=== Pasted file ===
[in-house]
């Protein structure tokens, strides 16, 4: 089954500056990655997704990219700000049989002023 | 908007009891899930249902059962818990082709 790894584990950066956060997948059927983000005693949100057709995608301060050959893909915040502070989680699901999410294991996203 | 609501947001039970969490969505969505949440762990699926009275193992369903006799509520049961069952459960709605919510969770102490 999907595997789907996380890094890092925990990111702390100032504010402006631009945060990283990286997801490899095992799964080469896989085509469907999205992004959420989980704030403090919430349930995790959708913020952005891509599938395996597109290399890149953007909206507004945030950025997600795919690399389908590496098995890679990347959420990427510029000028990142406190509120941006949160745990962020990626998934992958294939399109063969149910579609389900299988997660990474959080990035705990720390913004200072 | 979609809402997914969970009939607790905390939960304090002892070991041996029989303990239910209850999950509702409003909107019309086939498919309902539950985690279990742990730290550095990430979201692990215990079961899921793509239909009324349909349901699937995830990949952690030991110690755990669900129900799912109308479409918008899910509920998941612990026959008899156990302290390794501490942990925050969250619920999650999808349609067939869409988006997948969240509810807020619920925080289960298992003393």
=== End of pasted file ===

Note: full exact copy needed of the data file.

[in-house]
């Protein structure tokens, strides 16, 4: 089954500056990655997704990219700000049989002023 | 908007009891899930249902059962818990082709 790894584990950066956060997948059927983000005693949100057709995608301060050959893909915040502070989680699901999410294991996203 | 609501947001039970969490969505969505949440762990699926009275193992369903006799509520049961069952459960709605919510969770102490 999907595997789907996380890094890092925990990111702390100032504010402006631009945060990283990286997801490899095992799964080469896989085509469907999205992004959420989980704030403090919430349930995790959708913020952005891509599938395996597109290399890149953007909206507004945030950025997600795919690399389908590496098995890679990347959420990427510029000028990142406190509120941006949160745990962020990626998934992958294939399109063969149910579609389900299988997660990474959080990035705990720390913004200072 | 979609809402997914969970009939607790905390939960304090002892070991041996029989303990239910209850999950509702409003909107019309086939498919309902539950985690279990742990730290550095990430979201692990215990079961899921793509239909009324349909349901699937995830990949952690030991110690755990669900129900799912109308479409918008899910509920998941612990026959008899156990302290390794501490942990925050969250619920999650999808349609067939869409988006997948969240509810807020619920925080289960298992003393």